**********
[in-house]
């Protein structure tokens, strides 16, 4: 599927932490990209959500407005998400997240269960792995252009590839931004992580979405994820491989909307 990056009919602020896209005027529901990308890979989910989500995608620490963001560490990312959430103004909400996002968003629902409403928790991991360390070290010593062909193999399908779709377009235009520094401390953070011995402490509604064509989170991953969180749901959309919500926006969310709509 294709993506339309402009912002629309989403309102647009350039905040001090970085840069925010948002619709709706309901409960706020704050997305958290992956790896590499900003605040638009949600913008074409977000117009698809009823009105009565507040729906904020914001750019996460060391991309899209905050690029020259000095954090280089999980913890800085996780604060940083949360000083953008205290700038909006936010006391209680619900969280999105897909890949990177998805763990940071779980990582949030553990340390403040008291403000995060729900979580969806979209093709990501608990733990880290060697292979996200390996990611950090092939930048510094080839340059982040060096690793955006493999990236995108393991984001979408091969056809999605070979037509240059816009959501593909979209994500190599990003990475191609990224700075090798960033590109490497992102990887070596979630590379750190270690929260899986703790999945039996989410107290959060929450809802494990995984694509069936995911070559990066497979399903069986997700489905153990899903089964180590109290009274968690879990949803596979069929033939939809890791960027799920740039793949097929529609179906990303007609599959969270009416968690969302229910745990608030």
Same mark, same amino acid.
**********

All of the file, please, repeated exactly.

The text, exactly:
[in-house]
């Protein structure tokens, strides 16, 4: 599927932490990209959500407005998400997240269960792995252009590839931004992580979405994820491989909307 990056009919602020896209005027529901990308890979989910989500995608620490963001560490990312959430103004909400996002968003629902409403928790991991360390070290010593062909193999399908779709377009235009520094401390953070011995402490509604064509989170991953969180749901959309919500926006969310709509 294709993506339309402009912002629309989403309102647009350039905040001090970085840069925010948002619709709706309901409960706020704050997305958290992956790896590499900003605040638009949600913008074409977000117009698809009823009105009565507040729906904020914001750019996460060391991309899209905050690029020259000095954090280089999980913890800085996780604060940083949360000083953008205290700038909006936010006391209680619900969280999105897909890949990177998805763990940071779980990582949030553990340390403040008291403000995060729900979580969806979209093709990501608990733990880290060697292979996200390996990611950090092939930048510094080839340059982040060096690793955006493999990236995108393991984001979408091969056809999605070979037509240059816009959501593909979209994500190599990003990475191609990224700075090798960033590109490497992102990887070596979630590379750190270690929260899986703790999945039996989410107290959060929450809802494990995984694509069936995911070559990066497979399903069986997700489905153990899903089964180590109290009274968690879990949803596979069929033939939809890791960027799920740039793949097929529609179906990303007609599959969270009416968690969302229910745990608030």
Same mark, same amino acid.